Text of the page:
Adam Elliott-CooperOct 5, 2022
Black Resistance to British Policing
Manchester University Press 2021
As police racism unsettles Britain's tolerant self-image, Black Resistance to British Policing (Manchester UP, 2021) details the activism that made movements like Black Lives Matter possible. Adam Elliott-Cooper analyses racism beyond prejudice and the interpersonal - arguing that black resistance confronts a global system of racial classification, exploitation and violence.
Imperial cultures and policies, as well as colonial war and policing highlight connections between these histories and contemporary racisms. But this is a book about resistance, considering black liberation movements in the 20th century while utilising a decade of activist research covering spontaneous rebellion, campaigns and protest in the 21st century. Drawing connections between histories of resistance and different kinds of black struggle against policing is vital, it is argued, if we are to challenge the cutting edge of police and prison power which harnesses new and dangerous forms of surveillance, violence and criminalisation.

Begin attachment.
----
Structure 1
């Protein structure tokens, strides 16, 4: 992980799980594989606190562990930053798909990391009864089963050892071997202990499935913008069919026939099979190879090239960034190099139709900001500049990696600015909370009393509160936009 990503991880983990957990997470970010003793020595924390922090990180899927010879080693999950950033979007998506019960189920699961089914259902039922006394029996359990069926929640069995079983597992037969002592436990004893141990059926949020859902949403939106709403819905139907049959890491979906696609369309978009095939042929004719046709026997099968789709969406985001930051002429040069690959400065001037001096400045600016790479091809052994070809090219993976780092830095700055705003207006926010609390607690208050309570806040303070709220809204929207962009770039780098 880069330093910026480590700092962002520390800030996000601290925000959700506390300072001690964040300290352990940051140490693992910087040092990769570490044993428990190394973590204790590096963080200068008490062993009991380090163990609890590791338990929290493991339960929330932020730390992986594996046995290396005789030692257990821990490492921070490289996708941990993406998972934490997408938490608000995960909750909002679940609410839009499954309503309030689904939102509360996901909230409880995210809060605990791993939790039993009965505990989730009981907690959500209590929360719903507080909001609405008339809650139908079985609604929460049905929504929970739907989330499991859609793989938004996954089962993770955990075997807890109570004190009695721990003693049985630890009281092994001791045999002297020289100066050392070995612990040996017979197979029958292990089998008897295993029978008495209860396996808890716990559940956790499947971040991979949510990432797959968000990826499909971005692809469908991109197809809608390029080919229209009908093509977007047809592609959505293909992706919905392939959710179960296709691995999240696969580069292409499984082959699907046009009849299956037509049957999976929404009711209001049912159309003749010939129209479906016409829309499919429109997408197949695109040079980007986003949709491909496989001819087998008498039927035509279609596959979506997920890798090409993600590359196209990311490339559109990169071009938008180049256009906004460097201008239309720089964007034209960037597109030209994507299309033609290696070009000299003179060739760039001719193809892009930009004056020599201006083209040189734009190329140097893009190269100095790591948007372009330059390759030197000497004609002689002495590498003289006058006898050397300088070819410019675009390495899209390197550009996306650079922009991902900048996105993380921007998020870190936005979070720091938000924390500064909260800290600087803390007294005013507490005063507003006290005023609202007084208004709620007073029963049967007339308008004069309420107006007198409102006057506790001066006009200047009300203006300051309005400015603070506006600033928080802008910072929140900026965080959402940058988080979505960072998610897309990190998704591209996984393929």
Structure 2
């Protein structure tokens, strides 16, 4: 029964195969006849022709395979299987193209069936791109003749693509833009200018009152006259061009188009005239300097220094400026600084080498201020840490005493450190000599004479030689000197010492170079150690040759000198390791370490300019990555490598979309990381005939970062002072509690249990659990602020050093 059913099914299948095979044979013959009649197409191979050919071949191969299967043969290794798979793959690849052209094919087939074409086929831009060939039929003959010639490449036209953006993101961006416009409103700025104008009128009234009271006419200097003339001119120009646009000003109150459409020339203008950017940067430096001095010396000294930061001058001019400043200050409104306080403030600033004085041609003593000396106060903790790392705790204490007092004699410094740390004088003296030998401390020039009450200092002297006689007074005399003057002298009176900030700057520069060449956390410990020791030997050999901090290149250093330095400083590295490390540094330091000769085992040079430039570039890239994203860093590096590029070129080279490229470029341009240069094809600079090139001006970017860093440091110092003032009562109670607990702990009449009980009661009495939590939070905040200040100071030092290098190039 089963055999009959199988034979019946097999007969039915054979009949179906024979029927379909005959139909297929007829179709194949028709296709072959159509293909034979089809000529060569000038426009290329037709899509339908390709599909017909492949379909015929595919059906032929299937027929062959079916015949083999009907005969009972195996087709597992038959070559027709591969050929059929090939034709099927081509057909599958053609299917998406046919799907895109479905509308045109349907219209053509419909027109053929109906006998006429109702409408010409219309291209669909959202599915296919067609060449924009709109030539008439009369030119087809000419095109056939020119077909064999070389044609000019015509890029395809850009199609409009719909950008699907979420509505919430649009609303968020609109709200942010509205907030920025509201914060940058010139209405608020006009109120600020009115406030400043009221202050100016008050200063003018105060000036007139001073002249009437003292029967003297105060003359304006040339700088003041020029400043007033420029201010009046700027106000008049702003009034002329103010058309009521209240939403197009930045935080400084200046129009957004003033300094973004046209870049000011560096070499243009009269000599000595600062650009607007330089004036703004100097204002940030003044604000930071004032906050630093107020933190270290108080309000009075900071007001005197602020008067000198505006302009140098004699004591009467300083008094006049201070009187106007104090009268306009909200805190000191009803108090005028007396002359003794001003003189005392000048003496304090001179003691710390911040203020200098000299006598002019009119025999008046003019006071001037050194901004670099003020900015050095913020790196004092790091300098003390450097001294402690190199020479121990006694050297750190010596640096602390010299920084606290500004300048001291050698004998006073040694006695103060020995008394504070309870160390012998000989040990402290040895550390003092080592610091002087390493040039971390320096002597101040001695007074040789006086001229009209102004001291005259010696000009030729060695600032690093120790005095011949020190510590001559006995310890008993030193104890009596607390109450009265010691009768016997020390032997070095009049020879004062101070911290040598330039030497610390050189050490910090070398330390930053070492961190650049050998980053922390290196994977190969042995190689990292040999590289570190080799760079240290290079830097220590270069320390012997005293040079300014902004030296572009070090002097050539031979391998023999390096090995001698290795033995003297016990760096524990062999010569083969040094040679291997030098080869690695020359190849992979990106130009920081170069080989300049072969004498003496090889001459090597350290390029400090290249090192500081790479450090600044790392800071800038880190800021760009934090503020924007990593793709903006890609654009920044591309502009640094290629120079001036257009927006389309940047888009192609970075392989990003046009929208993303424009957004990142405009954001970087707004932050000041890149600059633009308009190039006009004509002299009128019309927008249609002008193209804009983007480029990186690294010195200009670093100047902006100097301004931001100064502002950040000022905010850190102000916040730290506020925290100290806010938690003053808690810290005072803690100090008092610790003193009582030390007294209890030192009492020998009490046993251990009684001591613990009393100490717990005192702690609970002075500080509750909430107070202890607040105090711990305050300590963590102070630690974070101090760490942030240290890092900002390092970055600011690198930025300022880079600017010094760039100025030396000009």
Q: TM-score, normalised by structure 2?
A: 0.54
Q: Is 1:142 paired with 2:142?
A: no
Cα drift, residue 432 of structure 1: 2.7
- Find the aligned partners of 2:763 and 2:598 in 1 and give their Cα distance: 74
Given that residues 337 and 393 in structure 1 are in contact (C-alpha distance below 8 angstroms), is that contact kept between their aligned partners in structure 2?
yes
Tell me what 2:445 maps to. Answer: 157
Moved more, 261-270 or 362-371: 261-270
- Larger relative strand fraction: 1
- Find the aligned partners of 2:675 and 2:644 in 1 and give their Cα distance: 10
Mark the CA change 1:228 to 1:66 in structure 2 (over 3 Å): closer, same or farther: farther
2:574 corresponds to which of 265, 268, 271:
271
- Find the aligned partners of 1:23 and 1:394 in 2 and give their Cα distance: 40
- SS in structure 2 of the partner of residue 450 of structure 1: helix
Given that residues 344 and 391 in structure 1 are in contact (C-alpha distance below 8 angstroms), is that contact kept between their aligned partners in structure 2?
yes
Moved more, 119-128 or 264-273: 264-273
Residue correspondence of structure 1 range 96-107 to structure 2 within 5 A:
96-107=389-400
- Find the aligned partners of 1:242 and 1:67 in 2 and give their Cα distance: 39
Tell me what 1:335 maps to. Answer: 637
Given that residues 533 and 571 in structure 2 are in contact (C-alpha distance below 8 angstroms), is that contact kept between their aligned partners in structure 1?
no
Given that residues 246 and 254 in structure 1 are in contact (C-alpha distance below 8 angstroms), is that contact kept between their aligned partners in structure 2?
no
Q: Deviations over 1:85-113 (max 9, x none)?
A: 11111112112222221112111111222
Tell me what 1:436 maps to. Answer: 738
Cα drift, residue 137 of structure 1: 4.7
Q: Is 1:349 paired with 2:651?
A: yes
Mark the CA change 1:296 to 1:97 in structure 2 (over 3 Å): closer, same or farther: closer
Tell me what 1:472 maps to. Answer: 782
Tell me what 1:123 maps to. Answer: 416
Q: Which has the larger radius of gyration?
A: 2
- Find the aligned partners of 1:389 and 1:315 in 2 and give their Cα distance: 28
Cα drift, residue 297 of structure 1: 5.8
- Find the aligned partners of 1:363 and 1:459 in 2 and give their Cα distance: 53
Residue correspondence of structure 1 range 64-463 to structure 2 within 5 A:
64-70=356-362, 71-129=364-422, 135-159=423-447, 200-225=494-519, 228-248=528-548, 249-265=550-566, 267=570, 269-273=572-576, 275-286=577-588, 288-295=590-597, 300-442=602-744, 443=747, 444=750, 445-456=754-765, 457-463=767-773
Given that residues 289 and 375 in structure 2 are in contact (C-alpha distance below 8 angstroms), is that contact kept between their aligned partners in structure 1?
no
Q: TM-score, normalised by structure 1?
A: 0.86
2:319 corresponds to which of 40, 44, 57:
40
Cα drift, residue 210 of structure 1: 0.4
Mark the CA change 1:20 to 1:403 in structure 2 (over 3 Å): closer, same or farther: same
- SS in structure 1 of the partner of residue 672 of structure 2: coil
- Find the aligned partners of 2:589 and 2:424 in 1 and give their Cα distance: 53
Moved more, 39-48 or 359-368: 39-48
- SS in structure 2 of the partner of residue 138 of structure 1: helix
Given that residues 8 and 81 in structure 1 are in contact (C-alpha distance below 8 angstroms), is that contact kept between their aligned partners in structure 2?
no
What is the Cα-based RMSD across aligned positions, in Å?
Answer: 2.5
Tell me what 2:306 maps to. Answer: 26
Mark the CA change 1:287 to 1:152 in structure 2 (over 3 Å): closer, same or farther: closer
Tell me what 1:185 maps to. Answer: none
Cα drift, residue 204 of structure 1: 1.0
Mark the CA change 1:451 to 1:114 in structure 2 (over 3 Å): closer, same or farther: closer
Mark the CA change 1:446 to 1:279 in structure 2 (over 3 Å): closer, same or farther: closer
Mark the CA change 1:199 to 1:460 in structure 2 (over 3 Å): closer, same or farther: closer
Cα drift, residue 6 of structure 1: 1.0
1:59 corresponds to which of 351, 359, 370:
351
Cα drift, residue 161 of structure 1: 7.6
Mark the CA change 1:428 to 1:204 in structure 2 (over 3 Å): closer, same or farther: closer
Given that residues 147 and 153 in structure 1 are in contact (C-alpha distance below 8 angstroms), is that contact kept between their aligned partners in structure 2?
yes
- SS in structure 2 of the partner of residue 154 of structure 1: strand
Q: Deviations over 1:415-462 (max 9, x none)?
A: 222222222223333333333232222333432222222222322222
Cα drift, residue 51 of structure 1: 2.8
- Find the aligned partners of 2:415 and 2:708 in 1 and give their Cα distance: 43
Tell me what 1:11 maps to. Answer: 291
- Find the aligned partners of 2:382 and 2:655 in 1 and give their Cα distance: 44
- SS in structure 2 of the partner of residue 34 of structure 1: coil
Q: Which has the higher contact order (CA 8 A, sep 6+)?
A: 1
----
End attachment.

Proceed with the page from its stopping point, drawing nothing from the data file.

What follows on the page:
Black Resistance to British Policing is a must read for all those who are interested in the history of the British Empire, its enduring legacies, and anti-colonial and anti-racist resistance.
Adam Elliot-Cooper is a Lecturer (Assistant Professor) in Public and Social Policy at Queen Mary University of London. He is also co-author of Empire’s Endgame: Racism and the British State (Pluto Press, 2021). He sits on the board of The Monitoring Group, an anti-racist organisation challenging state racisms and racial violence.
Deniz Yonucu is a Lecturer (Assistant Professor) in the School of Geography, Politics, and Sociology at Newcastle University. Her work focuses on counterinsurgency, policing and security, surveillance, left-wing and anti-colonial resistance, memory, racism, and emerging digital control technologies. Her book, Police, Provocation, Politics Counterinsurgency in Istanbul (Cornell University Press, 2022), presents a counterintuitive analysis of policing, focusing particular attention on the incitement of counterviolence and perpetual conflict by state security apparatus.